[Warning - some people may find the image below distressing]
Imagine bodies washing up on the beach in town popular with British tourists.
Imagine corpses becoming a regular feature, in a resort which people usually visit to relax and enjoy themselves.
Imagine men, women, and children in lines on the sand. No-one knows who they are, but they are becoming a common sight, close by to where holidaymakers eat, drink and swim.
It's like something from a horror movie, but it's happening.
Not in Brighton or anywhere else in the UK, but other popular holiday resorts visited by Brits. The latest was Ayvalik in Turkey.
Nine bodies, including children, washed up on a beach in Ayvalik on Tuesday. Seven more appeared on the shore of a beach 30 miles away, after a total of 36 people died when two boats packed with migrants sank.
Ayvalik is a small, beautiful coastal town, known for its seafood restaurants and olive oil production - and now bodies. Harvard University runs a Turkish Summer school there every year.
Some papers called the bodies at Ayvalik "a stark reminder of the depth of Europe's migrant crisis".
We shouldn't need a 'reminder' that dead humans are being tossed ashore in this humanitarian disaster, but we do. The reality is that the crisis is so huge, so unbearable, and in some ways so alien, that it's difficult to keep at the forefront of your mind.
Ayvalik is on the same side of Turkey as Bodrum, the place where the toddler Alan Kurdi was found drowned last September.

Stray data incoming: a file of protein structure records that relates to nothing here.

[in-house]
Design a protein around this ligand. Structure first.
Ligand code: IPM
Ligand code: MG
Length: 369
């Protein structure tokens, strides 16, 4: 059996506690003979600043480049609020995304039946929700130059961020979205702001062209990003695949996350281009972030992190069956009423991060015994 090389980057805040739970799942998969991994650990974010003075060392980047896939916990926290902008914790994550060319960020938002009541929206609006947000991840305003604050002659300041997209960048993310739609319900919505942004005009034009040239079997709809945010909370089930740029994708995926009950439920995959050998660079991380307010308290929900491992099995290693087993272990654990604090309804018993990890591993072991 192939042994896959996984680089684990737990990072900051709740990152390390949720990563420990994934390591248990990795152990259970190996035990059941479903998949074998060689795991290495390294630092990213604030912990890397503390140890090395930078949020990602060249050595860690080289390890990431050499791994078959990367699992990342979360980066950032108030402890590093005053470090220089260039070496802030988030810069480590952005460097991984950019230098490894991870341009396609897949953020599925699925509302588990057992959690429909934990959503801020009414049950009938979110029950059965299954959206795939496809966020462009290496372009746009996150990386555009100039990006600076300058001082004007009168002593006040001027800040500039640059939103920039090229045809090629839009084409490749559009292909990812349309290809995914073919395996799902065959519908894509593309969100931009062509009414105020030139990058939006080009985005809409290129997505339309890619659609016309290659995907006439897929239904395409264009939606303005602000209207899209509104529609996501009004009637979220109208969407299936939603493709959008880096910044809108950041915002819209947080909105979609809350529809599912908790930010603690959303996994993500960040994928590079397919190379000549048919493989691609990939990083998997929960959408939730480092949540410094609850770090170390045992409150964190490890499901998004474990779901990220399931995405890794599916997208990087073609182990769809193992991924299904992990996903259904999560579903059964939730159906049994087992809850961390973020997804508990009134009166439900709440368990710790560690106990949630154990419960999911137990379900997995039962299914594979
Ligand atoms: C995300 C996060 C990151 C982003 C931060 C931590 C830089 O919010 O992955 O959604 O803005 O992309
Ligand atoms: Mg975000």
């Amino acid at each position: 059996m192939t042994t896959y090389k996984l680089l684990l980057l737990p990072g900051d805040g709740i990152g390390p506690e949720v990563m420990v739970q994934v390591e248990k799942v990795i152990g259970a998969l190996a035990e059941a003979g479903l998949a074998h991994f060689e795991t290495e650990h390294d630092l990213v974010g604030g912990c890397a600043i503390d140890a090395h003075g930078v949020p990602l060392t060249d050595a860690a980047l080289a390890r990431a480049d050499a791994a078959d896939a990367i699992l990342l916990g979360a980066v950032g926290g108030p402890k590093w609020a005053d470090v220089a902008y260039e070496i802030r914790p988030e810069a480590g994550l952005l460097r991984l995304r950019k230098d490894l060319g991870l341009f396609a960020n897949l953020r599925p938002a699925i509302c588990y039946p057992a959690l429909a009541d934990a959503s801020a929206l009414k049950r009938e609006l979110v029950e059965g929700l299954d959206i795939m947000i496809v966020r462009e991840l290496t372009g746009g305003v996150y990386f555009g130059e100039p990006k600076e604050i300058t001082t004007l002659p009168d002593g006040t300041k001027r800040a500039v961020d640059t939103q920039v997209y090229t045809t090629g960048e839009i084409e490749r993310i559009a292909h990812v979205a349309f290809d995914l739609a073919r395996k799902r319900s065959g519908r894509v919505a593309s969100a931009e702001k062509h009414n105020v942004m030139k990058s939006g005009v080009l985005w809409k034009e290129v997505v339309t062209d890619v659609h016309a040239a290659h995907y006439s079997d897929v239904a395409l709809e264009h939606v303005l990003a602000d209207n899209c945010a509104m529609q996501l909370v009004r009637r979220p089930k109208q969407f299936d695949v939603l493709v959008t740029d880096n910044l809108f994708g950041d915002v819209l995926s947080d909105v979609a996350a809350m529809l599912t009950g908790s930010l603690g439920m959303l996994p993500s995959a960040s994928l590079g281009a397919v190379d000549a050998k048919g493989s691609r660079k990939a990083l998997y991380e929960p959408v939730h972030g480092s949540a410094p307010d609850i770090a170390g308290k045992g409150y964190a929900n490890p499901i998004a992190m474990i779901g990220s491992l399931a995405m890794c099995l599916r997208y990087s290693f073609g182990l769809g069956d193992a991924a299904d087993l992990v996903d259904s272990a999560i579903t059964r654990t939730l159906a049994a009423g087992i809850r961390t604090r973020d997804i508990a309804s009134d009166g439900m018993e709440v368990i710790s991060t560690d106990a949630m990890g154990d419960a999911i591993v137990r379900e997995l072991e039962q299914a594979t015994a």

For me, the area he was found is full of happy memories. I've visited Bodrum often as a sort of second home. The contrast between my idyllic visits there - floating in the very waves that are killing desperate people - and the heartbreaking sights on so many of Turkey's beaches, is hard to process.
Alan Kurdi wasn't a one-off: many people died in this horrific way before him, many have since, and many are still to die.
The International Organisation for Migration estimates that 3,771 migrants died trying to cross the Mediterranean Sea to Europe last year - the deadliest 12 months on record for people crossing the Mediterranean.
This grim nightmare, something we couldn't have imagined a few years ago, is becoming ordinary.
This is happening so often that Wikipedia's list of 'Migrant vessel incidents on the Mediterranean Sea' tragedies is divided into "Prior to 2015" and "2015" - with twice as many on the second list.
The number of deaths in 2015 is more than a third of the number estimated to have been killed altogether by the Islamic State, which has has executed more than 10,000 people since it came into being.
Many who drown are trying to escape such a fate, or death or persecution by other groups in Syria and Iraq, or other abuses in Africa. Instead, they die at the hands of smugglers who offer them a dangerous chance to reach Europe, creating what Maltese Prime Minister Joseph Muscat called "nothing less than genocide".
But now, after the furore around the Alan Kurdi pictures, media coverage of the crisis has lessened as its become normalised, and if we're honest, we'd all rather look at a nice postcard of a seaside than some dead bodies.
But don't look away. History is happening - bad, dark, abominable history that will be written about in years to come. Don't let it be something you're only aware of then.
Last year the world woke up to the tragedy that is happening, thanks to the picture of Kurdi (despite years of civil war and millions of refugees already having been forced to flee). If 2015 was the year we came to understand, let's not let this year be the one when we forget.
Kurdi was called "Humanity washed ashore" - don't let our humanity wash back out to sea.
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